GCS is a link in the chain of the whole DS process. They have a responsibility to know the companies they link up with are operating in a compliant fashion. If they arent doing that, they are on the hook equally.
          They have also been established by the Wash Sup’s to be more than an escrow service.
          I have heard, but cannot confirm they may be paying kick backs to the DSC that drive escrow accounts their way. That would sure pick up some regulatory adrenaline.
          They are not simply doing escrow.

          • Q- While I don’t disagree that they are link in the chain, settlement companies before GCS would use (supposed) trust accounts, where funds were commingled and often poorly accounted for or simply stolen. 

            Please don’t misunderstand, my background in debt settlement was working for one of about 5 settlement companies that were always performance based. I’m no apologist for any of the shenanagins that went on- or still do for that matter. However, I read the suit as claiming that GCS is a settlement company, collected huge fees, etc…

            Here: “In the first month of Plaintiff’s debt settlement program, GCS charged and collected from Plaintiff’s special purpose account her entire first month’s payment of $415.”- Obviously, aside from probably $10, that all went to the debt settlement company, but it reads that it went to GCS.

            Here: “From the second month through the tenth month, GCS charged and collected from Plaintiff’s special purpose account various fees totaling between $97.87-124.85 each month, or approximately 30 percent of the monthly payments.” Again, reads as though GCS received those fees, in truth, the funds are sent to the savings account for the client and the fees are immediately sent to the DS company’s account.

            Here: “GCS is an unlicensed and unregistered debt settlement provider in Illinois.” As they perform no settlement services, I don’t buy it.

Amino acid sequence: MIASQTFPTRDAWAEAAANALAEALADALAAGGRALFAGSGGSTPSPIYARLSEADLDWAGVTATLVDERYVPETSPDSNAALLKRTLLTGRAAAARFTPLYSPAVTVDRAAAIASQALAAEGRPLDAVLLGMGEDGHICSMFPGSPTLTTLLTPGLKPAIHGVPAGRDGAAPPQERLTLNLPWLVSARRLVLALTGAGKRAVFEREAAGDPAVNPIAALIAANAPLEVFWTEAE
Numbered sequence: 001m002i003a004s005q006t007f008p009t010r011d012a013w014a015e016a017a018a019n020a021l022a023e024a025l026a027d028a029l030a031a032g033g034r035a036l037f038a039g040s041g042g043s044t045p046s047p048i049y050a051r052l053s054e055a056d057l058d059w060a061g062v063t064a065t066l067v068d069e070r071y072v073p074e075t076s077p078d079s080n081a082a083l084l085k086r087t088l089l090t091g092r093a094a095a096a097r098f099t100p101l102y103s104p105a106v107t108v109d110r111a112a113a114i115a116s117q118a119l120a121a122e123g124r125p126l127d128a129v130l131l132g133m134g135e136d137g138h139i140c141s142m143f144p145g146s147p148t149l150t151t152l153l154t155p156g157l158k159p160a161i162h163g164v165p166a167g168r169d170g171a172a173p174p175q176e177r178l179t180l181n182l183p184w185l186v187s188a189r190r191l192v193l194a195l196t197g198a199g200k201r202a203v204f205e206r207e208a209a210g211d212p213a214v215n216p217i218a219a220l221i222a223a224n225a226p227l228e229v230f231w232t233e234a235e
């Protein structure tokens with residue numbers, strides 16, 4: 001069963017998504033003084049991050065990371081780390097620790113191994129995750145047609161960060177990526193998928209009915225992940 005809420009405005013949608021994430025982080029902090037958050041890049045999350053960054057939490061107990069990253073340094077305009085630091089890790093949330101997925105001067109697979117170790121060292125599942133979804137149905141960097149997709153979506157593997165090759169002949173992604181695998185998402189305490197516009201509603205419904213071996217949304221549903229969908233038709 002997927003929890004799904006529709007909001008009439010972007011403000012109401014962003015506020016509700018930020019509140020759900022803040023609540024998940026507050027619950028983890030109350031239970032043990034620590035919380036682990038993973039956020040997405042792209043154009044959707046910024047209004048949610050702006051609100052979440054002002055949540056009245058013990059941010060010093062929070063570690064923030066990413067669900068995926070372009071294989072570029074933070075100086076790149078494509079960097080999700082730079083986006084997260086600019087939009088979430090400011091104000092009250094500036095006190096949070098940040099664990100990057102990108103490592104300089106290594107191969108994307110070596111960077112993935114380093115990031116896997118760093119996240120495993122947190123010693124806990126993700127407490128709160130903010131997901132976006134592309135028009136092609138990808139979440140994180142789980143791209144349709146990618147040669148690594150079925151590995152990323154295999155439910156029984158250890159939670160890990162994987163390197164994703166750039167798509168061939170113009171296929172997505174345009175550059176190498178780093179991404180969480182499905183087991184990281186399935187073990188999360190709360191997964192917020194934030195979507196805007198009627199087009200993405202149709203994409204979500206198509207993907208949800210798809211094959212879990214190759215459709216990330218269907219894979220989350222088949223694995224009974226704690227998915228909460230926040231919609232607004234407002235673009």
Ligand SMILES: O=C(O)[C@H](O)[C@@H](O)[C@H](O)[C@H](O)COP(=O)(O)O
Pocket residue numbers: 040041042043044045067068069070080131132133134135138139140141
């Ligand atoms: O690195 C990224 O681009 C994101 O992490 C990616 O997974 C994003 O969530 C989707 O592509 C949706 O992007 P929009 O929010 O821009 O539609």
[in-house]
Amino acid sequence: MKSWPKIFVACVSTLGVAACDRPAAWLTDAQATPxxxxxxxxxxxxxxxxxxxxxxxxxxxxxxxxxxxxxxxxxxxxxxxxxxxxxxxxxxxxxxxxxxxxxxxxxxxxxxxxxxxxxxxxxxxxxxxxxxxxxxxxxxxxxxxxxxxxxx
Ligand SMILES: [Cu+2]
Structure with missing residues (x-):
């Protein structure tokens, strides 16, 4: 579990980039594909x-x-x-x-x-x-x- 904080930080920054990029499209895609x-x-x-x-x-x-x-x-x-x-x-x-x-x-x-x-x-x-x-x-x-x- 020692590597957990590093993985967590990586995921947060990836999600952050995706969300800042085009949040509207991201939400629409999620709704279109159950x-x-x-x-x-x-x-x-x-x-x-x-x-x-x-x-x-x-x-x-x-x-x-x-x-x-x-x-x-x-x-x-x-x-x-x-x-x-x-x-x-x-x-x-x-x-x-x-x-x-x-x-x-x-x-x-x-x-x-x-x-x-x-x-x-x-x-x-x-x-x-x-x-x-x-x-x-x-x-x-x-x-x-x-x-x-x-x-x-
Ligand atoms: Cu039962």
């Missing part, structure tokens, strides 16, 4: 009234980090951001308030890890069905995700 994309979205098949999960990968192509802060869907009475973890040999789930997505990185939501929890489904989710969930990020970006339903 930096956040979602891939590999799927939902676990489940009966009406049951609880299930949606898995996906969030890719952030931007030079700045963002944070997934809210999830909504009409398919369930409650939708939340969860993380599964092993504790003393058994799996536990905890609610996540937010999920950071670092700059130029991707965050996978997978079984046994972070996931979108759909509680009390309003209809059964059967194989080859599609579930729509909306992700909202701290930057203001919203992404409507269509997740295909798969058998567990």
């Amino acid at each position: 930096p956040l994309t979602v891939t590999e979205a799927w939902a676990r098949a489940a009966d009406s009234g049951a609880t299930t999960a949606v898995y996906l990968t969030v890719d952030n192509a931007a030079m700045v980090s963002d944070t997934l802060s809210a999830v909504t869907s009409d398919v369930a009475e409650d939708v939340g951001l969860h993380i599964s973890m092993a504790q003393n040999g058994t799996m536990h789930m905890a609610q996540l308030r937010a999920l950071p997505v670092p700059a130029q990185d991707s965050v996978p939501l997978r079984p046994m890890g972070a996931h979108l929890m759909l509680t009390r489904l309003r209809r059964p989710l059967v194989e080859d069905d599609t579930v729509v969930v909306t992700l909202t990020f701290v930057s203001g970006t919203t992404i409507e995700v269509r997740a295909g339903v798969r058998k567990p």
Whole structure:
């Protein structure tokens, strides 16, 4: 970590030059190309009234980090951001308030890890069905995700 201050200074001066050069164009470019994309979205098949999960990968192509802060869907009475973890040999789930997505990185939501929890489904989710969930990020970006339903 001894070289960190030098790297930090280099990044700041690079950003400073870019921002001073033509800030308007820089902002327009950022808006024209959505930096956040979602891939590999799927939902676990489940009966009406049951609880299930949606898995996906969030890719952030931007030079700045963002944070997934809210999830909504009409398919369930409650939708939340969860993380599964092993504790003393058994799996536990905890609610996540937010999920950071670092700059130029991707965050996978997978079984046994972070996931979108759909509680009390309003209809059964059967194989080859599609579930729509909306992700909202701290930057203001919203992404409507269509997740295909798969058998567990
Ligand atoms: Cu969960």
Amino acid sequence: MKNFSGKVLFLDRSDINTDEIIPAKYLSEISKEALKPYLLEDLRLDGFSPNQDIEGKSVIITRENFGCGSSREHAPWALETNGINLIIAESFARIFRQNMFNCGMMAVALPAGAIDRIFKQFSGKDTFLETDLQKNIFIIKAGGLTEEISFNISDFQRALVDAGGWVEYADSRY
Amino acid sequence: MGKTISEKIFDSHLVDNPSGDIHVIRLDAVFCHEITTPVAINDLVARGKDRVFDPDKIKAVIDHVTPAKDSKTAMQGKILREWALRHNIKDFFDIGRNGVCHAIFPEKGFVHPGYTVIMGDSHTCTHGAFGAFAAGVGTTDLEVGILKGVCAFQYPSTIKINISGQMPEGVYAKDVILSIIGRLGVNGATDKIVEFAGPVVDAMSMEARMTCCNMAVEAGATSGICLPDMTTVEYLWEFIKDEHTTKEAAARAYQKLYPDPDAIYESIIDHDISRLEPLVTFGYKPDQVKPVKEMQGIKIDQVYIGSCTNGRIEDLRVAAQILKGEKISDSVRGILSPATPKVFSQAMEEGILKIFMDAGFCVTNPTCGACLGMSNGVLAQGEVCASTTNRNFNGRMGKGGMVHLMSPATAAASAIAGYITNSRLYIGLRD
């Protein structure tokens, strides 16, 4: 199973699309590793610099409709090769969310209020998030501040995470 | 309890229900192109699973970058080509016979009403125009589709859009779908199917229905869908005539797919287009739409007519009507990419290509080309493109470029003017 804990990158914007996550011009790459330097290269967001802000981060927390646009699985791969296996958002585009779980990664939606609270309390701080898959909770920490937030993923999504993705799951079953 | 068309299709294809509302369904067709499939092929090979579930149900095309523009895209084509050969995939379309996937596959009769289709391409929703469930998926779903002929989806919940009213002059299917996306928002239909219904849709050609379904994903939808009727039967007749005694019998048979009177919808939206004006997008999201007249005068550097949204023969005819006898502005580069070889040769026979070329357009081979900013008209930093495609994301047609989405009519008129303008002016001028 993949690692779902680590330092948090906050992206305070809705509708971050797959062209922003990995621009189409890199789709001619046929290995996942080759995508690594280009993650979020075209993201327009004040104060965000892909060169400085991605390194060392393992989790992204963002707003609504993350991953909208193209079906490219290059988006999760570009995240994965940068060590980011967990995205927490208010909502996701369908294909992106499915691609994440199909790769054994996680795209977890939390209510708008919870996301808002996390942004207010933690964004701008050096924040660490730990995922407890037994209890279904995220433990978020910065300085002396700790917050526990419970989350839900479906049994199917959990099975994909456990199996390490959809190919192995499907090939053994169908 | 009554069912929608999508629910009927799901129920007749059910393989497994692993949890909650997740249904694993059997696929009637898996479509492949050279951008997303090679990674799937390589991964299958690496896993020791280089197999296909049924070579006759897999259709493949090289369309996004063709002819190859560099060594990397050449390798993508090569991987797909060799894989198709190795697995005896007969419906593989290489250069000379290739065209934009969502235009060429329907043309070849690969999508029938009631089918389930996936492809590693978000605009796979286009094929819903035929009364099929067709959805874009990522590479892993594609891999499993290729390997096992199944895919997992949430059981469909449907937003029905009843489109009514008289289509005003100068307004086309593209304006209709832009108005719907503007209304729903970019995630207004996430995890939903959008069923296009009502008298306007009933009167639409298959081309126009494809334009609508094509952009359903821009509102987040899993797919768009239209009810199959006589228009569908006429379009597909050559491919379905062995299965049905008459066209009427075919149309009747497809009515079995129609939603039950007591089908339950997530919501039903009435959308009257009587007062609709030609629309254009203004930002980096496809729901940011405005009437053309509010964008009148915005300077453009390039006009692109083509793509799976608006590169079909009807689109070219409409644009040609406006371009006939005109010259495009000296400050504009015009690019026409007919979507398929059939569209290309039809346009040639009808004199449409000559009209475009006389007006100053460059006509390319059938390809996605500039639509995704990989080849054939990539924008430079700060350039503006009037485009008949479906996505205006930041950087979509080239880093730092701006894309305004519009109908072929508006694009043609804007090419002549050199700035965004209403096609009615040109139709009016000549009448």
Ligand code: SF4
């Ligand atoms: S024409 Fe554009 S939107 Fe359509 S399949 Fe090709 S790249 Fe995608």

Here: “GCS used a standardized debt settlement contract and standardized “special purpose account application” for Plaintiff and all other Illinois consumers when they enrolled in a debt settlement program with debt settlement companies.” I’m certain the contract for debt settlement was from and delivered by the DS company.

            While GCS may have been a link in the chain, I still it’s reaching based on what I read there. Further, now that DS companies can no longer charge interstate up front fees, services like those provided by GCS are needed. I AM a proponent for “Performance Based” DS companies, and without companies like GCS DS co’s may well revert back to so-called trust accounts- which is a BAD idea!

            I’m no lawyer, and that may obvious from my post, but it appears some of the claims being made in the suit are either out of ignorance or purposely misleading. Anyone in debt settlement will confirm that GCS is not a DS company!

            I did hear the rumors of kickbacks as well. I have never seen any but it would not surprise me. I’m not sure that it’s illegal to offer money or things of value to lure new business in that industry, as it is in others. 

            Not looking for a fight- just my 2 cents!

          • “aside from probably $10, that all went to the debt settlement company, but it reads that it went to GCS” – x 500k

            “reads as though GCS received those fees, in truth, the funds are sent to the savings account for the client and the fees are immediately sent to the DS company’s account” – this is and has been part of the problem. For those who do not see it that way, I wont try to convinve you of anything.

            “GCS is an unlicensed and unregistered debt settlement provider in Illinois.” “As they perform no settlement services, I don’t buy it.” – They were shown to be unlicensed in WA. I am sure many did not buy that until the ruling came out.

            “Anyone in debt settlement will confirm that GCS is not a DS company!” – Anyone in the DS industry does not really matter as relates to this topic that will ultimately play out in several courts. I believe the argument that they are will win out more than it will lose out.

            “I’m not sure that it’s illegal to offer money or things of value to lure new business in that industry, as it is in others” – Actually, it is in several jurisdictions, not least of which is at the federal level.